Arizona was a dry attic we broke

into. You told me how we entered in a window

splitting under the weight of sunlight,

how the crack closed and opened like lips. You told me

I could put my finger on any crevice and feel

shadows of coyotes and quartz slip

into my fingerprints. You said,

“Even the sand reflects turquoise.”


I was there, with my pick

and my shovel, jogging Sherman Alexie

and this is what it means over asphalt where animals kept licking,

eyes hard like the petrified wood we searched for,

our hands dusted, the scorpion tattoo on your back moving

beneath the sunlight, mirage. We sang tongues across tongues,

sipped copper stars, trying to capture the absence

of blue fields in a documentary about Apache trout.

I remember thumb wrestling for the last travel


sized toothbrush, our canteen leaking, mint toothpaste

sludge on the inside of my cheek. The horizon

was always a sterling knife over a flame, all reflection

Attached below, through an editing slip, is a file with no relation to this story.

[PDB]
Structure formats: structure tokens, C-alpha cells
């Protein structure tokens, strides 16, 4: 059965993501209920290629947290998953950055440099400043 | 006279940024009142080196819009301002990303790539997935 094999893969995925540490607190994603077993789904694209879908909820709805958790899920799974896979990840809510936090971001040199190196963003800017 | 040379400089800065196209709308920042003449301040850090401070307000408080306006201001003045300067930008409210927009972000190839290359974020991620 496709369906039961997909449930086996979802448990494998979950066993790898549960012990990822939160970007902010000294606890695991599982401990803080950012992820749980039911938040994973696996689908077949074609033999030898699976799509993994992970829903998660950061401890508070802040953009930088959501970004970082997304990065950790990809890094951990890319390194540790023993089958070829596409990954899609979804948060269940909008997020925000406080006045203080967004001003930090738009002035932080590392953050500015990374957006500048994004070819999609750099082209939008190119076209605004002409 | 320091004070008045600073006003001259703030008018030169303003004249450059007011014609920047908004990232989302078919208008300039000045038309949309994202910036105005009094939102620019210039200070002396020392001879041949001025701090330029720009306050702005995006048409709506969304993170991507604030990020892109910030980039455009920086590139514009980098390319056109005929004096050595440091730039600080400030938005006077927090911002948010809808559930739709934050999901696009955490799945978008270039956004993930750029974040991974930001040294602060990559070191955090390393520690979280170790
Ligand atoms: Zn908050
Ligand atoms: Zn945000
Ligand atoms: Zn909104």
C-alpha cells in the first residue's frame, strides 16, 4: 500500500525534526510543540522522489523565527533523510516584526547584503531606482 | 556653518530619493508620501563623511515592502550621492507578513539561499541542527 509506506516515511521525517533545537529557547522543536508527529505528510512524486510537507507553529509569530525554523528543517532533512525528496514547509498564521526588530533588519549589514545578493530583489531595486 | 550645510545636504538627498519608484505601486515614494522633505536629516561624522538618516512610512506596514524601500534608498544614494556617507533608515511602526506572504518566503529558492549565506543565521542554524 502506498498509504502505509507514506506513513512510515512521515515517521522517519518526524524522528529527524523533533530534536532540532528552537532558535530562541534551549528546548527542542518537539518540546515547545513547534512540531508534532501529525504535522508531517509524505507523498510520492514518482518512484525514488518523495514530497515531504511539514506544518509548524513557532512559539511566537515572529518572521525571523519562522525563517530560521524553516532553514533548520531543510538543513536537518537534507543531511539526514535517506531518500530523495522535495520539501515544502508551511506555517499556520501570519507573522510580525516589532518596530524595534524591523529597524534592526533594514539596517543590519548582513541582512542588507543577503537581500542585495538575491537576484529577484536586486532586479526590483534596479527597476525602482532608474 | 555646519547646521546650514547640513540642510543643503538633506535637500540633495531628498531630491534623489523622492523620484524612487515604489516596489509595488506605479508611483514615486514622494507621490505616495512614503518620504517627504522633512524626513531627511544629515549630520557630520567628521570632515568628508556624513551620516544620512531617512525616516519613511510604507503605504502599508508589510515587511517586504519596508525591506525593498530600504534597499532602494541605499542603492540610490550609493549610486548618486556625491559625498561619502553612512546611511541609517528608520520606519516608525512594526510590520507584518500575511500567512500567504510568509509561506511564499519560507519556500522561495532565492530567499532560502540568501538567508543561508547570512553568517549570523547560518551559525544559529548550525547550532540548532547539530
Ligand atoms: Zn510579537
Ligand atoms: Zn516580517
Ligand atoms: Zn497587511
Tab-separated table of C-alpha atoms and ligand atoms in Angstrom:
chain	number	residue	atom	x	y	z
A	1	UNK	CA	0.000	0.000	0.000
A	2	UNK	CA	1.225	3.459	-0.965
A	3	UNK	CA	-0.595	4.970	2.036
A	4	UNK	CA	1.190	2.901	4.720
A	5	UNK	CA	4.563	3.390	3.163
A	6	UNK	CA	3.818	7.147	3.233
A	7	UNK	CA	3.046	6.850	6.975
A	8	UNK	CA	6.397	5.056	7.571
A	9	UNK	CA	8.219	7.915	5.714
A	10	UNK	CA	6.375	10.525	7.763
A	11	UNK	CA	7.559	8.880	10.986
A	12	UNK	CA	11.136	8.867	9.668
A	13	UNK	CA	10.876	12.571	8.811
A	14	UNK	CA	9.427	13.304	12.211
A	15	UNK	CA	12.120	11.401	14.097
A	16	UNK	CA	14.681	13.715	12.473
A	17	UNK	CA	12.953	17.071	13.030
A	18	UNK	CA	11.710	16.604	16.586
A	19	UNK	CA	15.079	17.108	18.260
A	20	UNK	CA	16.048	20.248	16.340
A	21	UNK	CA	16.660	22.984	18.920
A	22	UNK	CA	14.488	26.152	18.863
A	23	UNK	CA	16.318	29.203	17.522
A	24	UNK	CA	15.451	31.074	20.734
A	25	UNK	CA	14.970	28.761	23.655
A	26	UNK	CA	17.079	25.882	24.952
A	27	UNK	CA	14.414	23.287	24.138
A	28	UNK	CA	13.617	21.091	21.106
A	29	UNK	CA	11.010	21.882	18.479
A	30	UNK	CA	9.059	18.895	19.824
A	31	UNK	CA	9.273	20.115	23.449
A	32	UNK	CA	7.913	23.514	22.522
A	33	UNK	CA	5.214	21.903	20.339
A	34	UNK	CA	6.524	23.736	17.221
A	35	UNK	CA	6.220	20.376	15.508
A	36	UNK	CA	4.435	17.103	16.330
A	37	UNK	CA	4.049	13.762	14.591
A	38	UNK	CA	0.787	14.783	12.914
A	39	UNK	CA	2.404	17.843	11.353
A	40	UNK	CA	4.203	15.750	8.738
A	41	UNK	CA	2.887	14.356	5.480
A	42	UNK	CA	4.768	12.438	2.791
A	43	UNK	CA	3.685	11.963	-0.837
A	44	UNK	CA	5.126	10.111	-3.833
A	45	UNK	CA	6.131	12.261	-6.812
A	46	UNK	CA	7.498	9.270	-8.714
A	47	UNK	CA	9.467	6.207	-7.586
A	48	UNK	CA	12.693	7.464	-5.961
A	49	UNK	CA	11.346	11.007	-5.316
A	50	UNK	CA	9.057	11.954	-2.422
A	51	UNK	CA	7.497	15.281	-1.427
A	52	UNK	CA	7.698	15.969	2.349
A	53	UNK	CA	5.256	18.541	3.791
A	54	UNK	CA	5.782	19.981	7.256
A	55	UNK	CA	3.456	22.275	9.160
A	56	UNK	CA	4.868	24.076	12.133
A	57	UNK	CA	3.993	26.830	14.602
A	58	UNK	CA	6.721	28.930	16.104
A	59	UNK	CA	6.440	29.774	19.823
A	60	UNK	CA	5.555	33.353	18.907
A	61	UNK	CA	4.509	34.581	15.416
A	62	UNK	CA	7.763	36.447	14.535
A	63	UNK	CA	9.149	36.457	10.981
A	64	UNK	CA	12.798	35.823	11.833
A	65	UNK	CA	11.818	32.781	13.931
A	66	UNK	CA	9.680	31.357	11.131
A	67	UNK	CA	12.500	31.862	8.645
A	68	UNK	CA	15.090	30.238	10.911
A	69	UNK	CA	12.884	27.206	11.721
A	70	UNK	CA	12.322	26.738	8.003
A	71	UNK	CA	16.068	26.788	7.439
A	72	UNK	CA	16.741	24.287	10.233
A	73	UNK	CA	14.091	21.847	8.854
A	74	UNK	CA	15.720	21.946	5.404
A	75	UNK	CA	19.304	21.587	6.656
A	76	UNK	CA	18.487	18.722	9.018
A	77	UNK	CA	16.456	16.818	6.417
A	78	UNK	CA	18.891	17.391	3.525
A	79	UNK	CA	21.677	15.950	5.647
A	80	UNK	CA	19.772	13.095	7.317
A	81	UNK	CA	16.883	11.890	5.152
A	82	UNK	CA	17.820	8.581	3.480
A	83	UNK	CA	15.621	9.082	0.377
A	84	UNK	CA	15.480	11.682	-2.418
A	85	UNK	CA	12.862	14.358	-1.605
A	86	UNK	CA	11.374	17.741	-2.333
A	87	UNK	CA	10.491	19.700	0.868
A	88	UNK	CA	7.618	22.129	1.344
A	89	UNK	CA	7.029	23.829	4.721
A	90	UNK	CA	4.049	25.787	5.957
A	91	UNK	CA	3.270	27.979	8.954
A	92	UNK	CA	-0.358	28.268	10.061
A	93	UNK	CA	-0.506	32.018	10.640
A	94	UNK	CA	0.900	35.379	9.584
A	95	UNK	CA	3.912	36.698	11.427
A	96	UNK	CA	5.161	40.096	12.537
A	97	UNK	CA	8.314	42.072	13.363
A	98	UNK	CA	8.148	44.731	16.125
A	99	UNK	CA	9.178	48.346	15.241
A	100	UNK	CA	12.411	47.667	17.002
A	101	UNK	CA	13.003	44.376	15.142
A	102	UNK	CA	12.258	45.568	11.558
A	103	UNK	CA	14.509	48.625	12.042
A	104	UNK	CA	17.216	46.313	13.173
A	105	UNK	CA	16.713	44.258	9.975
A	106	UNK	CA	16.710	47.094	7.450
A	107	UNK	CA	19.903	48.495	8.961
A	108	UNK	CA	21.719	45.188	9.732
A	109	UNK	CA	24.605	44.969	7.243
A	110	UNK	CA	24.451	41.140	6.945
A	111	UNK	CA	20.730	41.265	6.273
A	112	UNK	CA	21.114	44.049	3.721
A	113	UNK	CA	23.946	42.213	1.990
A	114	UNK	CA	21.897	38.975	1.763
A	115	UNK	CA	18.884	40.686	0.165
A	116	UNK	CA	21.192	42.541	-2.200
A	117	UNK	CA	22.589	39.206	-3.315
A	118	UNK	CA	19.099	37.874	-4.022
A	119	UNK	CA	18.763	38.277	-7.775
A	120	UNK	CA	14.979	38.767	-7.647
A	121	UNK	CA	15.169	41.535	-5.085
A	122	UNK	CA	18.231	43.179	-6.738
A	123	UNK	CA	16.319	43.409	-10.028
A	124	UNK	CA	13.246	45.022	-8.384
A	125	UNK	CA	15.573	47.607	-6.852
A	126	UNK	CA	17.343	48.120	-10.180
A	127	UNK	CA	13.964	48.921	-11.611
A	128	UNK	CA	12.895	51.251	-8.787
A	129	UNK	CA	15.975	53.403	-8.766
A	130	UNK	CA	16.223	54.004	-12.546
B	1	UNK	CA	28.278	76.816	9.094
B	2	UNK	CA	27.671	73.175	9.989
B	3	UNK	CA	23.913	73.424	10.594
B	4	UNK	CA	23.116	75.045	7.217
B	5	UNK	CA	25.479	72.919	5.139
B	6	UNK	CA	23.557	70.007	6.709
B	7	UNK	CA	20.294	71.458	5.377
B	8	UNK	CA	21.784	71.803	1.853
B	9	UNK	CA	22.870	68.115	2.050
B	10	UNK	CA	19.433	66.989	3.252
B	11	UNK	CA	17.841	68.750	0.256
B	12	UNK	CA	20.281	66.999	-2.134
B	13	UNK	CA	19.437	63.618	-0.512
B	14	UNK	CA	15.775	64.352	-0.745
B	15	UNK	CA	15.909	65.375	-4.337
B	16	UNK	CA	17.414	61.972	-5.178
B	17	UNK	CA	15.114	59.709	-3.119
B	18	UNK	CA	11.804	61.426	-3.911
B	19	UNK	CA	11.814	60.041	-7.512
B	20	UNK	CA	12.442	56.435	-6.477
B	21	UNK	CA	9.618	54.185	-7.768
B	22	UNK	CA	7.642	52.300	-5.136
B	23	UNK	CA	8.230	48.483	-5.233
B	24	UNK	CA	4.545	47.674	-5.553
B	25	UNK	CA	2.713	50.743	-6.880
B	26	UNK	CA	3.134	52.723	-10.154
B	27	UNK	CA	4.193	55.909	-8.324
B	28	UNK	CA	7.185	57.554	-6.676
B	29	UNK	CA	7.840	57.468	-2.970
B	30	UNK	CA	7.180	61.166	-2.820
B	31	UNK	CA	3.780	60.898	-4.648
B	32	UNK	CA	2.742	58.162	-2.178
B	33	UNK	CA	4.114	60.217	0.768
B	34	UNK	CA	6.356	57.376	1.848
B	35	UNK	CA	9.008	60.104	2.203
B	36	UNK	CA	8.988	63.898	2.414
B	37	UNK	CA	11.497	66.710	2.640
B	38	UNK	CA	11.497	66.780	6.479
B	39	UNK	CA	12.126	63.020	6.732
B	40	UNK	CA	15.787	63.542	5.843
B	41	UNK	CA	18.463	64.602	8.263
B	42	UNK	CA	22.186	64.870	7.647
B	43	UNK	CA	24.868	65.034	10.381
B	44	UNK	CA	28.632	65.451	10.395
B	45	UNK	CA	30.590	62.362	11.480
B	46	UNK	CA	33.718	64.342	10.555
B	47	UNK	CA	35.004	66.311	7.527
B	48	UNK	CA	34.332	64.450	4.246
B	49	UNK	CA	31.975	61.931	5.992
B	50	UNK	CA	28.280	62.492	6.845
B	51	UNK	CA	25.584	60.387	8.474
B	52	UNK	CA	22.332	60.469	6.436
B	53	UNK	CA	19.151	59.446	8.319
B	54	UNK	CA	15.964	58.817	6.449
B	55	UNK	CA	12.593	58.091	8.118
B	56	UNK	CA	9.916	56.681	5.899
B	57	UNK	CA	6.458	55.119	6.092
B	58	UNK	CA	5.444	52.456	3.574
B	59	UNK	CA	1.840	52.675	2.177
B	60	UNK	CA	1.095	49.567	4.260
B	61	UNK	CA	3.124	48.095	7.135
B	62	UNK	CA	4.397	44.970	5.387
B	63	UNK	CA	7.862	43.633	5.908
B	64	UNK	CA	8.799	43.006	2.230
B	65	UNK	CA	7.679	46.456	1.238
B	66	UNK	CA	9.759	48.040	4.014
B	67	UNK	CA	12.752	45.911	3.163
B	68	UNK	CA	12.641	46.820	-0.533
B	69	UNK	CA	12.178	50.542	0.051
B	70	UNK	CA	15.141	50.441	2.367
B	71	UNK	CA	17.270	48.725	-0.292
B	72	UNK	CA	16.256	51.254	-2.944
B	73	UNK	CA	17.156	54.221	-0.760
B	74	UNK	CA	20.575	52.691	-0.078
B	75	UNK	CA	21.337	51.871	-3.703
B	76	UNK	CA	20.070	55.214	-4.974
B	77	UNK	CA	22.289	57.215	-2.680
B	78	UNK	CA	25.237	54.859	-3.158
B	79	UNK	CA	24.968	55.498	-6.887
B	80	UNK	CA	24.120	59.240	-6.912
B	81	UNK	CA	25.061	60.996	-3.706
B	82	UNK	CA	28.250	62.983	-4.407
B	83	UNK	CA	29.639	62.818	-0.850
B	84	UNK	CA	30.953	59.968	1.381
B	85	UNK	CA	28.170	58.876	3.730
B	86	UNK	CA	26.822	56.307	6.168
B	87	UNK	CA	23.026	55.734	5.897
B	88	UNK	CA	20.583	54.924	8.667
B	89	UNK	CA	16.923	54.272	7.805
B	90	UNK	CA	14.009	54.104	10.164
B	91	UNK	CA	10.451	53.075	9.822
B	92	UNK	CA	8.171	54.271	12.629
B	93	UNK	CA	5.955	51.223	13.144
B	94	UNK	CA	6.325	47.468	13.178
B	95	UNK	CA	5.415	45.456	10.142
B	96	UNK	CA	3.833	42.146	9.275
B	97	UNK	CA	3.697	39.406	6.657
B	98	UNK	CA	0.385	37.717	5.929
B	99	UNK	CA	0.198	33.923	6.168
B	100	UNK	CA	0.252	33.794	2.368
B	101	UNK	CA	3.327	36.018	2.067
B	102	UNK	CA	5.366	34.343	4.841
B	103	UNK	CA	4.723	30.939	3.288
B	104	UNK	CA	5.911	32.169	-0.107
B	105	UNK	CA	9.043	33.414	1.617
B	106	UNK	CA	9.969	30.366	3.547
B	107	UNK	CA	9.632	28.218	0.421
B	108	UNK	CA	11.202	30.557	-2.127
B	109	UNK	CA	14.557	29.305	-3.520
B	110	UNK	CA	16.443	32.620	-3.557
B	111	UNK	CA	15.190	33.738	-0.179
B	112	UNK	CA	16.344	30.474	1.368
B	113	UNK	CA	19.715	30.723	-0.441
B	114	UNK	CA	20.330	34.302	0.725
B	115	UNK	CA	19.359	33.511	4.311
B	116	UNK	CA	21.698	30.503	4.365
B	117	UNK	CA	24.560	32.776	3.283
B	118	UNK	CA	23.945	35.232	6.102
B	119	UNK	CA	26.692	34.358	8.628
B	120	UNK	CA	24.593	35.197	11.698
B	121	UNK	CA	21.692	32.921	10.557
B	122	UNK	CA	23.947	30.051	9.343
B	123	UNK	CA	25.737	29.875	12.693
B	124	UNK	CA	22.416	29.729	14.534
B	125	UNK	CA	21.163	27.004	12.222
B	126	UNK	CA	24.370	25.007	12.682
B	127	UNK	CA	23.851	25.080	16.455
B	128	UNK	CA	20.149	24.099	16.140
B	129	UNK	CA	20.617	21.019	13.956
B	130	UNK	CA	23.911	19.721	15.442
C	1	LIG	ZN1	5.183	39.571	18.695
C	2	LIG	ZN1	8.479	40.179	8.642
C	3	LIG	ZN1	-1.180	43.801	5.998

and bleeding and premonition. You were the real painted desert,

poured cowboy aesthetics into broken glasses, and I was thinking of wire

and string. Knots and twine. I said, “There. Over there,”

pointed, only to move and find there and there

in the light revealed on your collarbone,

and shirtless, you were cracked, too, all lines

and edges, an architect of small springs we invoked

in our fights. We will agree upon the mirages,

how we listened for Geronimo and the wind

slid against our bodies, a wetness, hydration. Our postcards

pulse with sand and cacti in daylight, words like border

and canyon pinched into a space the size of a freckle.


—Mary Stone

 Mary Stone’s work has appeared or is forthcoming in Thunderclap Magazine, Hobble Creek Review, Notes Magazine, A Clean Well-Lighted Place, Down in the Dirt, Mochila, and others. She received the 2011 Langston Hughes Creative Writing Award in Poetry. She lives in Lawrence, KS, where she teaches English and co-edits the Blue Island Review. She is also a reader for Gemini Magazine.